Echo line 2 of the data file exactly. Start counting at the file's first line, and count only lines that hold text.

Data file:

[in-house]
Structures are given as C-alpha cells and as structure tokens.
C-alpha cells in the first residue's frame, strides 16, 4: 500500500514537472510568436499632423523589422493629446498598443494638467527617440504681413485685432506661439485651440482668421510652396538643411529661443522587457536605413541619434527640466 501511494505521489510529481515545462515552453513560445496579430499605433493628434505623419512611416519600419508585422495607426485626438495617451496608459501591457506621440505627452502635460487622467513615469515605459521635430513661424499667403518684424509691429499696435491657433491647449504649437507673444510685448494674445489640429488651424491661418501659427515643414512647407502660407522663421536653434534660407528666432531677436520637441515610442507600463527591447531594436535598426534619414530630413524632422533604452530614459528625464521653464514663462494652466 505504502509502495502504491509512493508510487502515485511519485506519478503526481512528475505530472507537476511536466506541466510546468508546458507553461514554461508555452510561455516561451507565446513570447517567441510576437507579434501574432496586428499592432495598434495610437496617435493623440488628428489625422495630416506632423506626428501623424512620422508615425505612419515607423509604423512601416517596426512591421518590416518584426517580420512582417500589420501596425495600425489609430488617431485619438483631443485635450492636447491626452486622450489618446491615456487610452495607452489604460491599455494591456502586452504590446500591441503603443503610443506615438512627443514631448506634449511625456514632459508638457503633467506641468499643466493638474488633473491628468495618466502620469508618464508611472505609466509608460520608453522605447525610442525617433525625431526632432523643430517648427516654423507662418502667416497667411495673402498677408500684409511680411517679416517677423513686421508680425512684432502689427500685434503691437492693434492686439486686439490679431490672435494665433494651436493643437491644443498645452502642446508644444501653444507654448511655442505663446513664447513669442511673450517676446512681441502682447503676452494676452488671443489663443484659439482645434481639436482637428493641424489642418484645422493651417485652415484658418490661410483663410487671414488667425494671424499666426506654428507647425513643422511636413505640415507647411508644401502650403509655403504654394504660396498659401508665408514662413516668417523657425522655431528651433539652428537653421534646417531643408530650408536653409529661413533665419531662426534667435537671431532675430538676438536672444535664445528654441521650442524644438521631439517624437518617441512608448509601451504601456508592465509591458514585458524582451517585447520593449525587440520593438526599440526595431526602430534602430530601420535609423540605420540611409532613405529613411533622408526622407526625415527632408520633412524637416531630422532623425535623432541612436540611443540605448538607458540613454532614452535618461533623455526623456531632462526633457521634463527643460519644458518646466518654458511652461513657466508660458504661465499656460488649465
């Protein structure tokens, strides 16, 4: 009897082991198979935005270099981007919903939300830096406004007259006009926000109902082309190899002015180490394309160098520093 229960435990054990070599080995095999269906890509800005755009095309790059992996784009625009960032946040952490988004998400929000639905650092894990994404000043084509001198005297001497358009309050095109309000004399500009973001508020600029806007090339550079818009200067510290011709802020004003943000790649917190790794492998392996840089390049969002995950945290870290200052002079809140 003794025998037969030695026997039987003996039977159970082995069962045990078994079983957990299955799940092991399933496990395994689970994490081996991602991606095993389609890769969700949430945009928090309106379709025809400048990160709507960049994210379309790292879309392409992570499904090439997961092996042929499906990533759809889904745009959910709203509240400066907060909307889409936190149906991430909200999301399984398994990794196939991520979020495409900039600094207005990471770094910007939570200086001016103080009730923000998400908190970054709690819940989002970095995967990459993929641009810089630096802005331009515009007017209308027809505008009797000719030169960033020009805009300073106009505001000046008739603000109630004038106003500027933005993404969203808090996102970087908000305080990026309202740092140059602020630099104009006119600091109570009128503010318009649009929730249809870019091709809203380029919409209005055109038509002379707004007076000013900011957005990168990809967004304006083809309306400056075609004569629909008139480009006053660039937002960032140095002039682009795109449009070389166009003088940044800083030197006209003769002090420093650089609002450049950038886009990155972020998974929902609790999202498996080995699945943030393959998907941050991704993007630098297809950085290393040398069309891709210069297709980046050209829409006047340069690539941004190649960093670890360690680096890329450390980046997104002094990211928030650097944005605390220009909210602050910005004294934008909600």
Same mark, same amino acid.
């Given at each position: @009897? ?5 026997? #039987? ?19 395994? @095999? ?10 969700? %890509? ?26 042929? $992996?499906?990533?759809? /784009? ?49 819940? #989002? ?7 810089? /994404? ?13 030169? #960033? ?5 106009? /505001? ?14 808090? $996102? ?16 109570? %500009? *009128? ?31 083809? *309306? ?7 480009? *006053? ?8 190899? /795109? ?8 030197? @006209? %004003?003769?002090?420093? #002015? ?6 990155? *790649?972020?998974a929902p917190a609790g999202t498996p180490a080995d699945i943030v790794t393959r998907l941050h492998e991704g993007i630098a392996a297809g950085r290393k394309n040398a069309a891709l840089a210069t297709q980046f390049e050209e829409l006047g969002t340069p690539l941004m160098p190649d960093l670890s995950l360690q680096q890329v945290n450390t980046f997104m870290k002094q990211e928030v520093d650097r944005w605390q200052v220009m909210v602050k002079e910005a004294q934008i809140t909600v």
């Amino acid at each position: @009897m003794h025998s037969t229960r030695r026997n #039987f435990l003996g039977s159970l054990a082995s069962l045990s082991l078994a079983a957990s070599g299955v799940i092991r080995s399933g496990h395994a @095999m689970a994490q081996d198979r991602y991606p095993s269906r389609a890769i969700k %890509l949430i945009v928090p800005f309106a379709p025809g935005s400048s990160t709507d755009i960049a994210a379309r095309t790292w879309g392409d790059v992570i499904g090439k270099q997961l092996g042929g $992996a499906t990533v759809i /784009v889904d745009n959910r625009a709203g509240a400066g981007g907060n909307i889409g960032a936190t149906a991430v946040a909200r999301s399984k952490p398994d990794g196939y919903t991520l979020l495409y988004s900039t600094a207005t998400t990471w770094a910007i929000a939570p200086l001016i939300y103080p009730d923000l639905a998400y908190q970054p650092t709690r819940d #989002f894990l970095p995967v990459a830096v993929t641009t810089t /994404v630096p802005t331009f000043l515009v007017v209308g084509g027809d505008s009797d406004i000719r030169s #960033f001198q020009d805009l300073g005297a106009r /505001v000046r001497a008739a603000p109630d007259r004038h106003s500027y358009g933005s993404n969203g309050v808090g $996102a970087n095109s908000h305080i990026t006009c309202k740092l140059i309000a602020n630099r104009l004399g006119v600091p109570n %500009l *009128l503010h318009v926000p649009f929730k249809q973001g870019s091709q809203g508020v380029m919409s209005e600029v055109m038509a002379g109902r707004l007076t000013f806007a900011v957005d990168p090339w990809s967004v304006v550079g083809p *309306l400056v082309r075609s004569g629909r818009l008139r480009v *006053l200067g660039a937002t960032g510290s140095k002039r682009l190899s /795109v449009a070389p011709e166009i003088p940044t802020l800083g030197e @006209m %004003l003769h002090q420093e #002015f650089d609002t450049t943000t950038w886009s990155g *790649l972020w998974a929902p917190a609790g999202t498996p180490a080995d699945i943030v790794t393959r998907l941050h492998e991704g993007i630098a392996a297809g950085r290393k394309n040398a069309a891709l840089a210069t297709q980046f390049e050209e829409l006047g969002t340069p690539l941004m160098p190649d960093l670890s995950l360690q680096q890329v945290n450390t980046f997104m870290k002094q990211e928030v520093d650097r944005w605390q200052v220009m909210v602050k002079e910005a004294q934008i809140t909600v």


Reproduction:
Structures are given as C-alpha cells and as structure tokens.